Welcome to the Weekly SUMmary - 06/18/2021
What are 529s? What are Coverdells?
Both of these are education investment/savings accounts.
Let’s first look at the definition of 529 Plans, according to the Securities and Exchange Commission (SEC):
“A 529 plan is a tax-advantaged savings plan designed to encourage saving for future education costs. 529 plans, legally known as “qualified tuition plans,” are sponsored by states, state agencies, or educational institutions and are authorized by Section 529 of the Internal Revenue Code.
There are two types of 529 plans: prepaid tuition plans and education savings plans. All fifty states and the District of Columbia sponsor at least one type of 529 plan. In addition, a group of private colleges and universities sponsor a prepaid tuition plan.”1
Things to know/note:
- Since the passing of the Tax Cuts Jobs Act (TCJA) of 2017, 529 education savings plans can also be used for qualifying K-12 expenses such as tuition.
- Contributions in many plans are deductible from state income tax.
- Contributions follow gifting limits ($15,000 per person per year in 2021) but allow for an exception that equates to 5 years worth of gifts in one contribution2 .
- Investments are typically limited based on the plan utilized.
Coverdell ESA Plans
The Internal Revenue Service (IRS) defines Coverdell ESA Plans as:
“A Coverdell education savings account (Coverdell ESA) is a trust or custodial account set up in the United States solely for paying qualified education expenses for the designated beneficiary of the account. This benefit applies not only to qualified higher education expenses, but also to qualified elementary and secondary education expenses.”3
Things to know/note:
- Contributions are not deductible.
- Contributions are capped at $2,000 per year, per recipient/beneficiary.
- Investments are wide ranging.
What should I do?
First and foremost, if you believe your child will attend college, I would recommend saving in some form. Which choice you make depends on your ability to fund and desire for tax deductible contributions. The TCJA dramatically altered the ability to take qualified distributions from 529 plans. With contribution limits much higher and the potential for deductible contributions, one may be swayed to believe that the 529 is most attractive. Bear in mind, Coverdells offer a wider range of investment options, typically.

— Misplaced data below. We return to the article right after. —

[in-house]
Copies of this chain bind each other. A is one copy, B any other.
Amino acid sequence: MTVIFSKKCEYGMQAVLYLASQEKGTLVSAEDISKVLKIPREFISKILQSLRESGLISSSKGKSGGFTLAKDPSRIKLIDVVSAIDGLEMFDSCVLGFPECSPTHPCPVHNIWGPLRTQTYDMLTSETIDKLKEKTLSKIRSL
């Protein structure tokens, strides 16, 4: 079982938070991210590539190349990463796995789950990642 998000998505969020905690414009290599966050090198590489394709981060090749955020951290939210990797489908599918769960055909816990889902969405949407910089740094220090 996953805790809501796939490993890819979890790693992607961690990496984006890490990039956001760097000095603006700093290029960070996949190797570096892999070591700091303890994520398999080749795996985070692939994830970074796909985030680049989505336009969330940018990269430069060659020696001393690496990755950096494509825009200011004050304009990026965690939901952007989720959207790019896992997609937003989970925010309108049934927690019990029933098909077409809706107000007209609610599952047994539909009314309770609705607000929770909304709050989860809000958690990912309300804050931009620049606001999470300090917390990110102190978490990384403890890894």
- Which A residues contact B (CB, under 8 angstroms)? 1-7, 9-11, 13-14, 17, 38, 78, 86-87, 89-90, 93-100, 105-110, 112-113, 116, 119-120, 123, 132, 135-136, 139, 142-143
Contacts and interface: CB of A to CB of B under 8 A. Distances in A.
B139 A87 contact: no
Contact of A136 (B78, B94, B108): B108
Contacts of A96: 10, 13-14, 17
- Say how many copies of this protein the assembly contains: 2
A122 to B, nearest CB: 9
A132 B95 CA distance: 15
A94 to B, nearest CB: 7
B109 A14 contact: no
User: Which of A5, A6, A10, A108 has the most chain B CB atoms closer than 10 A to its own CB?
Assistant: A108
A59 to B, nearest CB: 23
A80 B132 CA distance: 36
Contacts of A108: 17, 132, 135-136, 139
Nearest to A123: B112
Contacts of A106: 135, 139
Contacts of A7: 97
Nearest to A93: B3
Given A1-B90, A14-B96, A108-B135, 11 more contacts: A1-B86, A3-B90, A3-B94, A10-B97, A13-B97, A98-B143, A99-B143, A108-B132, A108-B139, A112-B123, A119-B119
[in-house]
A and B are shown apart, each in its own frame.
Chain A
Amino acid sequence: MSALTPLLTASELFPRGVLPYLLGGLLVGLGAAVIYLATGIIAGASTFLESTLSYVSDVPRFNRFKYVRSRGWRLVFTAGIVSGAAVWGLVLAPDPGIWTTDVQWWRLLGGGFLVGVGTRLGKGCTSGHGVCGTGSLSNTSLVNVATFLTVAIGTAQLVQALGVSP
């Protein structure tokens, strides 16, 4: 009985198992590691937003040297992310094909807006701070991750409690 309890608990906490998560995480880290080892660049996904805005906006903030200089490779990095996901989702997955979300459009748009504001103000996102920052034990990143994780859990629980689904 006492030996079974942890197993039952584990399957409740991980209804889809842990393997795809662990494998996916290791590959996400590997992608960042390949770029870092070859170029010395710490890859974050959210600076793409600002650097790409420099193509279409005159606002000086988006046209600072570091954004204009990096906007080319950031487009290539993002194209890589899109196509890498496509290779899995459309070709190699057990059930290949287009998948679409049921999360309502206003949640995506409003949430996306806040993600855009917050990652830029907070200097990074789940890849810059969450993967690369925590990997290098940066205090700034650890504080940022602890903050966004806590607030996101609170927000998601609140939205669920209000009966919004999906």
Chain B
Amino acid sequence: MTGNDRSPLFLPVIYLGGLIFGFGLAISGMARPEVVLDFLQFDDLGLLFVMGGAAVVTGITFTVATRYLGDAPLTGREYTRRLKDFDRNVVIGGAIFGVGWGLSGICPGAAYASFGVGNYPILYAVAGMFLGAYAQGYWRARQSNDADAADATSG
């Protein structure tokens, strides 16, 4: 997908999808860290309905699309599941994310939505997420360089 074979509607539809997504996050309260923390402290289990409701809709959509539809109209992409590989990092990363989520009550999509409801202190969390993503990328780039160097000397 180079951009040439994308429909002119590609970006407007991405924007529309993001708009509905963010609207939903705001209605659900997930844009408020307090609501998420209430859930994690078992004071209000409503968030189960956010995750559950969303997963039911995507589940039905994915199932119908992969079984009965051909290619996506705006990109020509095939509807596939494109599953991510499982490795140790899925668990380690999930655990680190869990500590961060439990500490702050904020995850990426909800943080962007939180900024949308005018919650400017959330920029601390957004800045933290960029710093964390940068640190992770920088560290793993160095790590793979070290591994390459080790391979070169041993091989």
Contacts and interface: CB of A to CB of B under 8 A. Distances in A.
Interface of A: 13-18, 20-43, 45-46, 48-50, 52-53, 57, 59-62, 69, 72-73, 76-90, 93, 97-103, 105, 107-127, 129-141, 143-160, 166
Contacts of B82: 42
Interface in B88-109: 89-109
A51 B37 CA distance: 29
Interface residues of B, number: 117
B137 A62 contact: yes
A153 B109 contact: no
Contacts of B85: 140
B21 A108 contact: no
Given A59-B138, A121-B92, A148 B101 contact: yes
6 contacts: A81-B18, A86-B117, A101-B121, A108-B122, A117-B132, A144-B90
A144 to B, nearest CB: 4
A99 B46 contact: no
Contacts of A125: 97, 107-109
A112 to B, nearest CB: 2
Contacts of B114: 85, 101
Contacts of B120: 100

I am hosting a webinar regarding education funding 6/23/2021 @ 5PM MST that will address many questions one may have regarding the topic addressed in this blog. See this link to register to attend: https://www.sumfsg.com/events/june-2021-webinar-how-to-pay-for-college-student-aid-demystified
In addition to the information provided here, I have posted about education funding previously. Find a link to this content here: https://www.sumfsg.com/blog/college-planning-what-are-my-options
In order to understand potential costs, the following link may be helpful: https://www.sumfsg.com/resource-center/investment/estimating-the-cost-of-college
I cannot emphasize enough how much information there is on this topic on the internet. The referenced links should be immensely helpful in understanding the nuances of each product.
With so much information to review, it is strongly recommended that you speak to a professional regarding your situation.
If I don’t see you in our upcoming webinar, best wishes in this adventure and…
Do SUMthing smart with your money.
- if utilized, the gifter will need to ensure they do not make additional gifts to the giftee for the remainder of the 5 years otherwise they may pay gift tax
The content provided is meant to be educational in nature only and not to be construed as investment advice. Investments referenced are for example only and should be considered strongly prior to selecting for your portfolio. Investors should research or seek professional advice prior to buying and selling securities.
Investors should consider the investment objectives, risks, charges, and expenses associated with 529 plans before investing; specific plan information is available in each issuer's official statement, which can be obtained from your financial professional. Be sure to read carefully before investing.
Prior to investing in a 529 Plan investors should consider whether the investor's or designated beneficiary's home state offers any state tax or other state benefits such as financial aid, scholarship funds, and protection from creditors that are only available for investments in such state's qualified tuition program. Withdrawals used for qualified expenses are federally tax free. Tax treatment at the state level may vary. Please consult with your tax advisor before investing.